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Can organisms that don’t have brains sleep?

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Kamal Saini
Kamal S. has been Journalist and Writer for Business, Hardware and Gadgets at Revyuh.com since 2018. He deals with B2b, Funding, Blockchain, Law, IT security, privacy, surveillance, digital self-defense and network policy. As part of his studies of political science, sociology and law, he researched the impact of technology on human coexistence. Email: kamal (at) revyuh (dot) com

A group of researchers has decided to analyze some primitive life forms that live in water, known as Hydra vulgaris, to find out the answer

The question is classic: which came first: the chicken or the egg? In this case, it is a little more difficult: what was before, sleep or the brain? 

Sounds weird, right? But it has a logical explanation: one might think that organisms that do not have a brain cannot sleep because one of the most important functions of rest is precisely to clean the brain. Thanks to it, on the other hand, we can dream and we have those strange, beautiful and sometimes terrifying fantasies that haunt us at night.

So could we conclude that organisms without brains would have no need to rest? The same question has been asked by a group of scientists from the University of Kyushu in Japan, who have decided to analyze some primitive life forms that live in water, known as Hydra vulgaris, to find out the answer.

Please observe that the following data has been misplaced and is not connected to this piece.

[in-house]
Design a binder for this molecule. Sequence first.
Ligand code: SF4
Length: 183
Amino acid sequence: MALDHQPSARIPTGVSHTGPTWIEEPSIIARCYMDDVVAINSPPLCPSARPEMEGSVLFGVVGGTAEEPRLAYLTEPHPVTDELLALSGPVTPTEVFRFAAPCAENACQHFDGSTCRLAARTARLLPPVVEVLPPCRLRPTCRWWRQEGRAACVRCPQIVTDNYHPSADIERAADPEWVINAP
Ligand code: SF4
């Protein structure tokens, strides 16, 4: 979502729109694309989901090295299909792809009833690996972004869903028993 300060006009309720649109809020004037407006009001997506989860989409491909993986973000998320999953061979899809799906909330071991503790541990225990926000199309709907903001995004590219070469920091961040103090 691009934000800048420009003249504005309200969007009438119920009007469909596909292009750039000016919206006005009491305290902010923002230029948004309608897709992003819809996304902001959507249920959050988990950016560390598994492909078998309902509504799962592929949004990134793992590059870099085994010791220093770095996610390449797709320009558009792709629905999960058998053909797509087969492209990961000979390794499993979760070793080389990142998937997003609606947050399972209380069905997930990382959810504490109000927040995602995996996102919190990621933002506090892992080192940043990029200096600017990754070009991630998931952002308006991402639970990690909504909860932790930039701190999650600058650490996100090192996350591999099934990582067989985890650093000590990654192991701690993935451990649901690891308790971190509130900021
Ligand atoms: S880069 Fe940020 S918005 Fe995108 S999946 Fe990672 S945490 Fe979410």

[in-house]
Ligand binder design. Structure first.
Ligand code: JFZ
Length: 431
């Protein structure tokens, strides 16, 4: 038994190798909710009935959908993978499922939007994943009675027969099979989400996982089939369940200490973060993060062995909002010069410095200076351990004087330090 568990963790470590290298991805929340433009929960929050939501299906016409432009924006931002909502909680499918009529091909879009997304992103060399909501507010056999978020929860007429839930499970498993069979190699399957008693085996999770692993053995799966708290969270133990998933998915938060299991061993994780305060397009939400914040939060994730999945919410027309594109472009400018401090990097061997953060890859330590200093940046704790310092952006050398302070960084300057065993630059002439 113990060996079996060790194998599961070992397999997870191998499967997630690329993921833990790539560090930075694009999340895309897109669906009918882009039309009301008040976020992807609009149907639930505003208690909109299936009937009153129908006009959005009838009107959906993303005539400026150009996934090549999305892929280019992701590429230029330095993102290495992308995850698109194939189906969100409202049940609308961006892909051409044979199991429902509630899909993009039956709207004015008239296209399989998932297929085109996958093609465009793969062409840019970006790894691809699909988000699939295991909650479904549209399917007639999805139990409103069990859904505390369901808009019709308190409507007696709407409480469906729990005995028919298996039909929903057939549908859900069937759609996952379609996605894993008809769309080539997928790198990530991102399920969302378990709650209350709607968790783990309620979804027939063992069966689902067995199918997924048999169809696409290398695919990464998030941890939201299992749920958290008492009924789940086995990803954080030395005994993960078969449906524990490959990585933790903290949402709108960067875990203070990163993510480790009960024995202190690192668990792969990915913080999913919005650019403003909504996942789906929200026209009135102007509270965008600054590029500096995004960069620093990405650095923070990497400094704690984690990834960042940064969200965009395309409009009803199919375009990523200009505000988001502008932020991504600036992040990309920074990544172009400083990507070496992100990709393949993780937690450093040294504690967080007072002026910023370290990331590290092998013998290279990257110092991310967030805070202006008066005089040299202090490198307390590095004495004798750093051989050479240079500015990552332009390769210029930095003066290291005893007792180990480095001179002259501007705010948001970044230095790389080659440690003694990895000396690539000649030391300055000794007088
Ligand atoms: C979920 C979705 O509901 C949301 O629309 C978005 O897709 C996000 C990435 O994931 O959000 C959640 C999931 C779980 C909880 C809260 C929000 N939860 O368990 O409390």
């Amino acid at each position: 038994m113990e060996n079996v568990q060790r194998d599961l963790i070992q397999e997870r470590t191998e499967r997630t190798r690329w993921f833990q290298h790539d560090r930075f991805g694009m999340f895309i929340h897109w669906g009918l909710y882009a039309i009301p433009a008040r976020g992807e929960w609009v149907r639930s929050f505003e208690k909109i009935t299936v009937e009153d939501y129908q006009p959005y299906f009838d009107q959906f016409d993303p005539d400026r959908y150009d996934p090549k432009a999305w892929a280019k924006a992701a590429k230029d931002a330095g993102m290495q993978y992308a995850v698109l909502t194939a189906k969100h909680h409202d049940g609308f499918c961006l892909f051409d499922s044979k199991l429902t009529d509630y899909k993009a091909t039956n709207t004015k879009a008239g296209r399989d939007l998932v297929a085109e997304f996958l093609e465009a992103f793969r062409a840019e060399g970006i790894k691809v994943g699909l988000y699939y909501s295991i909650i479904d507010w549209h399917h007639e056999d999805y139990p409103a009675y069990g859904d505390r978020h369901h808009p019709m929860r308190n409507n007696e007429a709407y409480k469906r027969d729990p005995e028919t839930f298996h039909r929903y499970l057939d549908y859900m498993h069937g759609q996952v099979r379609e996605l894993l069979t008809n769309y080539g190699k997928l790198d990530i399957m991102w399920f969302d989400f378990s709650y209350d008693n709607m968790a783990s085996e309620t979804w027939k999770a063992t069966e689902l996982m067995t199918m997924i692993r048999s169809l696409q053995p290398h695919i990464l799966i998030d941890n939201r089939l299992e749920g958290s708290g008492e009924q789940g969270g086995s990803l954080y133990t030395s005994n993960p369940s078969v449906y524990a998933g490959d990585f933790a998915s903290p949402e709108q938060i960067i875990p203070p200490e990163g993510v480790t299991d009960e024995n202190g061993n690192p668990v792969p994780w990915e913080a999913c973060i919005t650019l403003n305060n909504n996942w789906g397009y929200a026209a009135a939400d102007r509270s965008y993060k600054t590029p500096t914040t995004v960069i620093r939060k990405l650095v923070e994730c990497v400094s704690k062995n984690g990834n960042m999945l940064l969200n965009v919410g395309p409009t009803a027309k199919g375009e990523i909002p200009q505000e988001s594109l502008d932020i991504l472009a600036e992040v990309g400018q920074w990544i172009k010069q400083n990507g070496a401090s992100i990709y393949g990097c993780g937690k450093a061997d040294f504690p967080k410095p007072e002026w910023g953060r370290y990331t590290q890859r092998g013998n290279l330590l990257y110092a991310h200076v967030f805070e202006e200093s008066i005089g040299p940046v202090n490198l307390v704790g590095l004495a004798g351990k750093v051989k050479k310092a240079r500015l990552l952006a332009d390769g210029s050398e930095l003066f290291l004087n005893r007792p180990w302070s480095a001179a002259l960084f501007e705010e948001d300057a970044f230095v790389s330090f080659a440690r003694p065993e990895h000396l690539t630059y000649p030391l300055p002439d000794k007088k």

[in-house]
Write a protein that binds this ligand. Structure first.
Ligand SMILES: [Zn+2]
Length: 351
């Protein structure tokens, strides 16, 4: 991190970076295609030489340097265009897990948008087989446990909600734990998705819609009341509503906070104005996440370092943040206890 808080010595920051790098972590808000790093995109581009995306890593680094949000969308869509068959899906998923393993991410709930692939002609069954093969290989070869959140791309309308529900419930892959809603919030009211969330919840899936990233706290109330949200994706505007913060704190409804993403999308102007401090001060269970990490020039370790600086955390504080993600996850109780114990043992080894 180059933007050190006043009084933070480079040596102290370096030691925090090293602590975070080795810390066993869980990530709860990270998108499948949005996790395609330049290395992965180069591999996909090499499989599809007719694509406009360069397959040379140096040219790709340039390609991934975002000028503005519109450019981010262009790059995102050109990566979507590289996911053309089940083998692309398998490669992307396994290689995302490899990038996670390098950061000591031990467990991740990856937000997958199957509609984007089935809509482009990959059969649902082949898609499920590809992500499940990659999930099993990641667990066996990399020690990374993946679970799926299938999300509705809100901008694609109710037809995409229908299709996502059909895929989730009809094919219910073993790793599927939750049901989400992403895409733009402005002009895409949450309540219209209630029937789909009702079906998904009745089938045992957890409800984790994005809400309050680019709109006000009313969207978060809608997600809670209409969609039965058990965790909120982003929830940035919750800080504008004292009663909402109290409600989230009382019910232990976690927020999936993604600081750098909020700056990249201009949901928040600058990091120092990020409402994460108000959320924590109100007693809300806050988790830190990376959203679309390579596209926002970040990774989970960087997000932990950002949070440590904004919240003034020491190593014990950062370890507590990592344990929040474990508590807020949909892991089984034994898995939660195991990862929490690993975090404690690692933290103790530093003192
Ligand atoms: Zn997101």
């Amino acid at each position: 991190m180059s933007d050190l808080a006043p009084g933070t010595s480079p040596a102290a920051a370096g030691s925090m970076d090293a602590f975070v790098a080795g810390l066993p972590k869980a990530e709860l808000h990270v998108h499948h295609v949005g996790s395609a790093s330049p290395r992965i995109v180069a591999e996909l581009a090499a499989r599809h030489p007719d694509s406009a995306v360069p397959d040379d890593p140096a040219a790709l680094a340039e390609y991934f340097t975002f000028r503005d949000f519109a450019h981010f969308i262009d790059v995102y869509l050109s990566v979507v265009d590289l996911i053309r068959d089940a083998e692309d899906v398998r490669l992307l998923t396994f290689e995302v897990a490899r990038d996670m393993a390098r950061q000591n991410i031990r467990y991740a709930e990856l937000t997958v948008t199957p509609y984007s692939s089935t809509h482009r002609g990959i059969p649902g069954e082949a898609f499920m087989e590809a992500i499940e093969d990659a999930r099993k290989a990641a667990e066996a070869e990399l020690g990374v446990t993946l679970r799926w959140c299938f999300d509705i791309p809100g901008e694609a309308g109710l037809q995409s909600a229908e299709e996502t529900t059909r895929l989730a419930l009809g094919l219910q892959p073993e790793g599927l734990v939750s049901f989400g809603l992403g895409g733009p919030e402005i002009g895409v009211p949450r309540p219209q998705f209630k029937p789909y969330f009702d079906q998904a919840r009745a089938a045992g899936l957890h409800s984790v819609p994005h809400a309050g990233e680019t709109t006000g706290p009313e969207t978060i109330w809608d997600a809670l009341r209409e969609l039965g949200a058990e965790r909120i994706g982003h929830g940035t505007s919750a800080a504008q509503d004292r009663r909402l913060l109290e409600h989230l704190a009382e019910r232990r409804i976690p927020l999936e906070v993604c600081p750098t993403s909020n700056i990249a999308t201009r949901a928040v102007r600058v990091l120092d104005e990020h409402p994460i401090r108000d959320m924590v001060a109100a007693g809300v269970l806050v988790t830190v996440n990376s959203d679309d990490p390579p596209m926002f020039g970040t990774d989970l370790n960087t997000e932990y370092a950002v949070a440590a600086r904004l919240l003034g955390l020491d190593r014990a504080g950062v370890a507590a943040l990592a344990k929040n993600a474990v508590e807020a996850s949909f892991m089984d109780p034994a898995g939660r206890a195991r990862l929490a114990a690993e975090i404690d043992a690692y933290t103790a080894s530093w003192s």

Surprisingly, these tiny creatures can enter a sleep-like state despite not having a brain, and that could teach us a lot about how animals developed the need and ability to sleep.

“Based on our findings and previous reports regarding jellyfish, we can say that sleep evolution is independent of brain evolution,” explains biologist Taichi Itoh to ‘Science Alert‘. Previous research on jellyfish seems to indicate that not only do they have sleep-like behavior in humans, but they also appear to follow circadian rhythms. Of course, they are more complex specimens than Hydra vulgaris.

The researchers observed that hydras vulgaris went into sleep cycles every four hours on average. They were exposed to melatonin (which causes sleep in many animals, including humans), which led them to ‘sleep’ longer. However, exposure to dopamine, which usually wakes us up, increased its sleep. These reactions give scientists more clues about how sleep may have evolved in the animal kingdom, both before and after living organisms developed a brain: “While some sleep mechanisms appear to have been conserved, others may have changed function during the evolution of the brain”, explain sources of the investigation.

Likewise, additional experiments with vibrations and temperature changes disturbed the hydras’ sleep (as expected), so they ‘slept’ more the next day. “Our brains have changed more than we think,” explains Itoh. 

“Many questions remain about how sleep arose in animals, but hydras are good creatures to further investigate the detailed mechanisms that produce sleep in brainless animals. It may help answer these questions in the future,” he concludes.

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